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Sen. Corker's call for hearing on JPMorgan trading loss doesn't jive with everyone on the right

Susan Walsh / AP

Sen. Bob Corker of Tennessee has called for a Congressional hearing into the $2 billion trading bungle at JPMorgan Chase, and it looks like he's going to get one. (Video after the jump.)

The Senate Committee on Banking, Housing, and Urban Affairs said it will host a series of additional hearings on financial reform over the next few weeks, and it expects to address JPMorgan's loss.

The Republican senator, who voted against implementation of the Dodd-Frank set of financial regulations, called for the inquiry last week, saying in a statement “clearly the losses posted by JPMorgan are significant, and as policy makers we should understand in detail what has transpired.”

That view coincides with President Obama’s comments on the incident, as well as the financial institution's chief executive Jamie Dimon, but not with others on the conservative right.


Over at The Wall Street Journal, law professor Jonathan Macey argues that there’s nothing to see here and no one should care about the loss except for its stockholders and executives. And The Washington Post’s Right Turn blogger Jennifer Rubin concurs with a piece entitled “JP Morgan’s losses are none of our business,” in which she argues this is simply a knee-jerk reaction, mostly by those on the left.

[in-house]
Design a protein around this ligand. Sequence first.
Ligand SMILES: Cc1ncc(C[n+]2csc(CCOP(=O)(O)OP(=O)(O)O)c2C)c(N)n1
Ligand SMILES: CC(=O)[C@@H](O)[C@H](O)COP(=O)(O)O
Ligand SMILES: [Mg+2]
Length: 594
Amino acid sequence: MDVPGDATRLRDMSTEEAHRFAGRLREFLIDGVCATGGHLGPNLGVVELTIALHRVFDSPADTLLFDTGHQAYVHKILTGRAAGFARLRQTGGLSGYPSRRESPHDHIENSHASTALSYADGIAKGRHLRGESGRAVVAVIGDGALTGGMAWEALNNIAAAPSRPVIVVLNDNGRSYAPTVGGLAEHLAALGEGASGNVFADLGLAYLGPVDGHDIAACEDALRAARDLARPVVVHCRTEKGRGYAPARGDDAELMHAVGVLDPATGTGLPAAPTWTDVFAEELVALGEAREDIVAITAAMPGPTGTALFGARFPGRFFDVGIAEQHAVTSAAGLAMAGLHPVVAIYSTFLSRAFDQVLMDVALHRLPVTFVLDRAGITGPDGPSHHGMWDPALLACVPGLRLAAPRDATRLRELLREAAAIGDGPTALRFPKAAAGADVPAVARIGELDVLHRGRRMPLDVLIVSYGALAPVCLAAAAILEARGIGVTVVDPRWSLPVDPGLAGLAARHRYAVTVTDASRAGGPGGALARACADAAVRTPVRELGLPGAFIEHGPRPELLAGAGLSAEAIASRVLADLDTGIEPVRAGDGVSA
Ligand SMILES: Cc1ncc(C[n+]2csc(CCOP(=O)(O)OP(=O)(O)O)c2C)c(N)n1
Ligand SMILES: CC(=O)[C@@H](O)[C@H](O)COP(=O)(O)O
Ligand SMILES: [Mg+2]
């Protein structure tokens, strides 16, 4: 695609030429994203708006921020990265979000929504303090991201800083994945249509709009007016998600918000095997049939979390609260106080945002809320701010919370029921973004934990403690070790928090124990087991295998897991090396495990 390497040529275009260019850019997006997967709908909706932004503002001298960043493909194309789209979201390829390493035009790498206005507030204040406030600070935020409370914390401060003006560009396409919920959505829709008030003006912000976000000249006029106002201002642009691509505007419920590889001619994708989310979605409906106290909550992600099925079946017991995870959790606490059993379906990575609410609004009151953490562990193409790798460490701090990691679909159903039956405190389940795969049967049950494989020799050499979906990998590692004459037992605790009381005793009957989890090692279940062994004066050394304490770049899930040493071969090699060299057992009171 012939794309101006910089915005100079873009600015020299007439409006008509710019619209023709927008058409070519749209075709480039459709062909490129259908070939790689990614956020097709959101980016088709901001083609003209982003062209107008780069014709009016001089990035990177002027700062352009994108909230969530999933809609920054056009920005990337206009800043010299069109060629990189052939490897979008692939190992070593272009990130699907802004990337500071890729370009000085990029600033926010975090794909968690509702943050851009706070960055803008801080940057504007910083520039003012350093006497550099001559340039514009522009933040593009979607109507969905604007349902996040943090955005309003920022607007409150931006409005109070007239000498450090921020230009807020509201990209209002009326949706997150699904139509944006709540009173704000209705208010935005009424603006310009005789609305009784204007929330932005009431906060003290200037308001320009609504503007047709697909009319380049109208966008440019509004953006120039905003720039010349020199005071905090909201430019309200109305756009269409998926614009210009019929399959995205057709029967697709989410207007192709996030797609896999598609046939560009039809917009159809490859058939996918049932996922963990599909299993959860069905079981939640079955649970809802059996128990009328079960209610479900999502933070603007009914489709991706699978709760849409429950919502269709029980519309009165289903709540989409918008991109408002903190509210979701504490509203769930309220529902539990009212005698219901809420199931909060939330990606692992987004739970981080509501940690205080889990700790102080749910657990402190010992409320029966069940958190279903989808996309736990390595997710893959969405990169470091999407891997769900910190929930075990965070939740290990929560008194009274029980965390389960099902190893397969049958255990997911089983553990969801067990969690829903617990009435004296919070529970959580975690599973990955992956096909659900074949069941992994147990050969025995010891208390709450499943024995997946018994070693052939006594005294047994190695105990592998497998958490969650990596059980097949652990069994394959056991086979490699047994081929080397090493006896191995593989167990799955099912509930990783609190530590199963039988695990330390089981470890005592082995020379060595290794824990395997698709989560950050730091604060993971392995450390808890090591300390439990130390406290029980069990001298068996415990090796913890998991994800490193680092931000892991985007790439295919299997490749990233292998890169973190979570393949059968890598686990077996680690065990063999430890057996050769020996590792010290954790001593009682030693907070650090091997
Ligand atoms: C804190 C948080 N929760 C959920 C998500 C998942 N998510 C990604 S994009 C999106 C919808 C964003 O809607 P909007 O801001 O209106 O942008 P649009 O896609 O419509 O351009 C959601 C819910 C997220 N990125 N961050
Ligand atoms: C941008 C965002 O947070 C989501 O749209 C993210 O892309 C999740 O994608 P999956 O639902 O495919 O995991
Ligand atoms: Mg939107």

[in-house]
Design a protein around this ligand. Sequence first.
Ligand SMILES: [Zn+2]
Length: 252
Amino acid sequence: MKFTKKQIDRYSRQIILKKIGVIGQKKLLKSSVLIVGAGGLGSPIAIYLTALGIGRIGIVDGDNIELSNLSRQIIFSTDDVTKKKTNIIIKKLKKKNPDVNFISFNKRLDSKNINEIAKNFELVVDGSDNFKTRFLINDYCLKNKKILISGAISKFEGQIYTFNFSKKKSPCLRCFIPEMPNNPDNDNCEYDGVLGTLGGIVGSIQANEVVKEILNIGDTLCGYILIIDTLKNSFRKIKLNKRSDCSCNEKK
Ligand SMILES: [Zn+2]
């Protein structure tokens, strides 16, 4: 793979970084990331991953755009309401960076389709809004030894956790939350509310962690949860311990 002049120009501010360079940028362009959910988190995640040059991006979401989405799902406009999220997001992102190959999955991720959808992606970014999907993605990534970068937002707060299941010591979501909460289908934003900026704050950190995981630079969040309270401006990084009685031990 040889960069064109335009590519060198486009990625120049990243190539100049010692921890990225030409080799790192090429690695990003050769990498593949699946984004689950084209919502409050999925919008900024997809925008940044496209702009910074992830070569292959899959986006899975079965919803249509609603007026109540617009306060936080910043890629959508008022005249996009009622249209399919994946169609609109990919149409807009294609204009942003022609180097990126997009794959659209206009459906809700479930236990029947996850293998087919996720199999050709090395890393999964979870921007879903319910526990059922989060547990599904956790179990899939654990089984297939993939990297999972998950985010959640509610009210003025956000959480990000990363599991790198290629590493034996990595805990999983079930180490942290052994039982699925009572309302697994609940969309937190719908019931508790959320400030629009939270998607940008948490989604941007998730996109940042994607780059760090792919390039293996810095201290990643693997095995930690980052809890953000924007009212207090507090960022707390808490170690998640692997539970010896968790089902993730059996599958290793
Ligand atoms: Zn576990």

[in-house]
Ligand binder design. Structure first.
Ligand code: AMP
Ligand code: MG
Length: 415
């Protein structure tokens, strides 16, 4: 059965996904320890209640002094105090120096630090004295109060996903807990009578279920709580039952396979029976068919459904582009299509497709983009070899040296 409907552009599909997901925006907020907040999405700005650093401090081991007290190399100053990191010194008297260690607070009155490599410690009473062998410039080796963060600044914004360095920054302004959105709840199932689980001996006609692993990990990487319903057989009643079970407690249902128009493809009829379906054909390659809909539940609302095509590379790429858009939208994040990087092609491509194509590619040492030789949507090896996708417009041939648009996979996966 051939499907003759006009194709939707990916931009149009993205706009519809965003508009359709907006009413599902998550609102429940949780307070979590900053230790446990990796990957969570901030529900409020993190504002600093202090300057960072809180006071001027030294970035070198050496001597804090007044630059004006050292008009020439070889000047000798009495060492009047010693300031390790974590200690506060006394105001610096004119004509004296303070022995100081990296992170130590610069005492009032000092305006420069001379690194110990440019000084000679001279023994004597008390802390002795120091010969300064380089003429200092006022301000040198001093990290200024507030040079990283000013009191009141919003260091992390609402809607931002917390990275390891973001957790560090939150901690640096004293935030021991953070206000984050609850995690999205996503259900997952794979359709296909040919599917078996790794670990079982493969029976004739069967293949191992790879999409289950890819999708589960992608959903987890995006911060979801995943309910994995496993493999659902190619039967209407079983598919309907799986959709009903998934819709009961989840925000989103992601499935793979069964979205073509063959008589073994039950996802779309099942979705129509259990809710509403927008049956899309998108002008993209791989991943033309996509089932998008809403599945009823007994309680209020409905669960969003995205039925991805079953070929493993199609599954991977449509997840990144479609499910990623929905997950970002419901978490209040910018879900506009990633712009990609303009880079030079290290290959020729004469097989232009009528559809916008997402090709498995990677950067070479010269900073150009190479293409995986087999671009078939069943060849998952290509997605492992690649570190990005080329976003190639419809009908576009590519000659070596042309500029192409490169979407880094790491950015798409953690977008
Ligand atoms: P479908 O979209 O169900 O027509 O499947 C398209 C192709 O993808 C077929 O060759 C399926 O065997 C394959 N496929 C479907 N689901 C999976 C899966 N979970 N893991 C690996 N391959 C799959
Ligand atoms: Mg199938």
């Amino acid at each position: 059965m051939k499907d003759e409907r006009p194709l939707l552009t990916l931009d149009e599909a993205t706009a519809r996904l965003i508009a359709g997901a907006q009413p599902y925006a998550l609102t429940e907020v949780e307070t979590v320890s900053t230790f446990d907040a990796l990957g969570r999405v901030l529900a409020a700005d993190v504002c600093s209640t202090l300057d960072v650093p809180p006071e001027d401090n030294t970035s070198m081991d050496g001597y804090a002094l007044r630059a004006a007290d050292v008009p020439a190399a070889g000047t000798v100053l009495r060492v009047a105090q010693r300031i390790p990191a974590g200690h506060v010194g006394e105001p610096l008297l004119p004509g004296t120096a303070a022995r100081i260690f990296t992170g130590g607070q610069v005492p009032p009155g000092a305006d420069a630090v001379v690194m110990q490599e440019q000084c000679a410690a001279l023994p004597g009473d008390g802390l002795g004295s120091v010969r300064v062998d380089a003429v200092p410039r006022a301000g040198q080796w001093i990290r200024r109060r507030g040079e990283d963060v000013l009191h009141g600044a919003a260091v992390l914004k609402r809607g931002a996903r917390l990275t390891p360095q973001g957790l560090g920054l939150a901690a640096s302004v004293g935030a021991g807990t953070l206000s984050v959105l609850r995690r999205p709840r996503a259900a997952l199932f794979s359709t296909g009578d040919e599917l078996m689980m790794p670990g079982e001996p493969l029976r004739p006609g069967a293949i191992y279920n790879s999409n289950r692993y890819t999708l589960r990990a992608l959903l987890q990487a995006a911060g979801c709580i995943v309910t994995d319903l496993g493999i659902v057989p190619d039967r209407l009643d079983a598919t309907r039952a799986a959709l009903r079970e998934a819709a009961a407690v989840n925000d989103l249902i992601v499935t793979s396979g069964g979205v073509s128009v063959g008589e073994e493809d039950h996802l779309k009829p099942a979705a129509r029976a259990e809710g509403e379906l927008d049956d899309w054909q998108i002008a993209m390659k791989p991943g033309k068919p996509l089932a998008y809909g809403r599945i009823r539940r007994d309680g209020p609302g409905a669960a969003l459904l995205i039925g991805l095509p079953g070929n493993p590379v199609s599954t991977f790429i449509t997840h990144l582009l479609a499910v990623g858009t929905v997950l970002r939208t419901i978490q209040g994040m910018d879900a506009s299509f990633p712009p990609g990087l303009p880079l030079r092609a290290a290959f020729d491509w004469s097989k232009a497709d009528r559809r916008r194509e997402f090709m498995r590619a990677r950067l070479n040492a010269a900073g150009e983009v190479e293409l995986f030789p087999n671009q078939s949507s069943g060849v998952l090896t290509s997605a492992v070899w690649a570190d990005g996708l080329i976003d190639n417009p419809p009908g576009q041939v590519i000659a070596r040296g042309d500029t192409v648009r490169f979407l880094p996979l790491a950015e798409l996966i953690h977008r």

Corker, a member of the Senate Banking Committee, explained why that kind of attitude is dangerous today while speaking on Andrea Mitchell Reports today. The senator said that this “real-time” example could help regulators examine whether or not they are on the right path with a set of regulations on the financial services industry yet to be fully implemented.

“The question is if the Volcker rule was fully implemented, would this trade have been permissible or not?” he said. “I just think it would be very good for the Senate Banking Committee to have to dig into this issue and to understand and to see if the policies that we’ve creating have been appropriate.”

He continued on to note he understands that “in business there are going to be wins and losses,” but the point is to use this example to examine how proposed legislation could have helped – or not.

The Volcker rule is part of the 2010 Dodd-Frank financial reform law aimed at stopping banks from making certain bets with the institutions’ own money. Regulators were expected to meet today, May 15, to discuss final language of the rule, according to Reuters.